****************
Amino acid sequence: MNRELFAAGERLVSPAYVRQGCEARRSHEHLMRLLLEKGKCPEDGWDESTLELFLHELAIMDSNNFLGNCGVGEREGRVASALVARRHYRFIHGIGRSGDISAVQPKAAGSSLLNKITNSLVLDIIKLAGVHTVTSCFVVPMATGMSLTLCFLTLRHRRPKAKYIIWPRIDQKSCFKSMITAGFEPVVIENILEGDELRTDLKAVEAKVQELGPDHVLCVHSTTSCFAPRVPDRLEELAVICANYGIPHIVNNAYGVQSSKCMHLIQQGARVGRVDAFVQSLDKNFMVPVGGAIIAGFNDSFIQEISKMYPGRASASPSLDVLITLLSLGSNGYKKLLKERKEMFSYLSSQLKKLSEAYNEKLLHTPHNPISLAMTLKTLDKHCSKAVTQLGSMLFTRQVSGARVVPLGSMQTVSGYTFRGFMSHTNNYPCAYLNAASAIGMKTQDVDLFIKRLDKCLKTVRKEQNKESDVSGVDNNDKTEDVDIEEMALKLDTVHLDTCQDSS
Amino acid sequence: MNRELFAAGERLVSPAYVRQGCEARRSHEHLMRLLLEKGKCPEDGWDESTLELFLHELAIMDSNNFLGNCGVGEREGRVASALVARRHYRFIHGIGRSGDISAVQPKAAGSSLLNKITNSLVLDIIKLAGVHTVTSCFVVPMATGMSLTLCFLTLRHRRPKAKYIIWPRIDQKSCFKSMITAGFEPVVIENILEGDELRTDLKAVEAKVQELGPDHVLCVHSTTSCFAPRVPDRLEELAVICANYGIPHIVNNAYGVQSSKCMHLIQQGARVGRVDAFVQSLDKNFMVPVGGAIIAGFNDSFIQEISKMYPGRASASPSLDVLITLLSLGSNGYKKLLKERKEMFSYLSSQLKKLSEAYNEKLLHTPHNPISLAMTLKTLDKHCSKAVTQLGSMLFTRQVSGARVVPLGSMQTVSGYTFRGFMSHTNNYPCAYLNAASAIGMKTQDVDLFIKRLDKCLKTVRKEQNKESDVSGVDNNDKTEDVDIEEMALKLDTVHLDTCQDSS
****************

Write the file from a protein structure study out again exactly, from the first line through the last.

Amino acid sequence: MNRELFAAGERLVSPAYVRQGCEARRSHEHLMRLLLEKGKCPEDGWDESTLELFLHELAIMDSNNFLGNCGVGEREGRVASALVARRHYRFIHGIGRSGDISAVQPKAAGSSLLNKITNSLVLDIIKLAGVHTVTSCFVVPMATGMSLTLCFLTLRHRRPKAKYIIWPRIDQKSCFKSMITAGFEPVVIENILEGDELRTDLKAVEAKVQELGPDHVLCVHSTTSCFAPRVPDRLEELAVICANYGIPHIVNNAYGVQSSKCMHLIQQGARVGRVDAFVQSLDKNFMVPVGGAIIAGFNDSFIQEISKMYPGRASASPSLDVLITLLSLGSNGYKKLLKERKEMFSYLSSQLKKLSEAYNEKLLHTPHNPISLAMTLKTLDKHCSKAVTQLGSMLFTRQVSGARVVPLGSMQTVSGYTFRGFMSHTNNYPCAYLNAASAIGMKTQDVDLFIKRLDKCLKTVRKEQNKESDVSGVDNNDKTEDVDIEEMALKLDTVHLDTCQDSS
Amino acid sequence: MNRELFAAGERLVSPAYVRQGCEARRSHEHLMRLLLEKGKCPEDGWDESTLELFLHELAIMDSNNFLGNCGVGEREGRVASALVARRHYRFIHGIGRSGDISAVQPKAAGSSLLNKITNSLVLDIIKLAGVHTVTSCFVVPMATGMSLTLCFLTLRHRRPKAKYIIWPRIDQKSCFKSMITAGFEPVVIENILEGDELRTDLKAVEAKVQELGPDHVLCVHSTTSCFAPRVPDRLEELAVICANYGIPHIVNNAYGVQSSKCMHLIQQGARVGRVDAFVQSLDKNFMVPVGGAIIAGFNDSFIQEISKMYPGRASASPSLDVLITLLSLGSNGYKKLLKERKEMFSYLSSQLKKLSEAYNEKLLHTPHNPISLAMTLKTLDKHCSKAVTQLGSMLFTRQVSGARVVPLGSMQTVSGYTFRGFMSHTNNYPCAYLNAASAIGMKTQDVDLFIKRLDKCLKTVRKEQNKESDVSGVDNNDKTEDVDIEEMALKLDTVHLDTCQDSS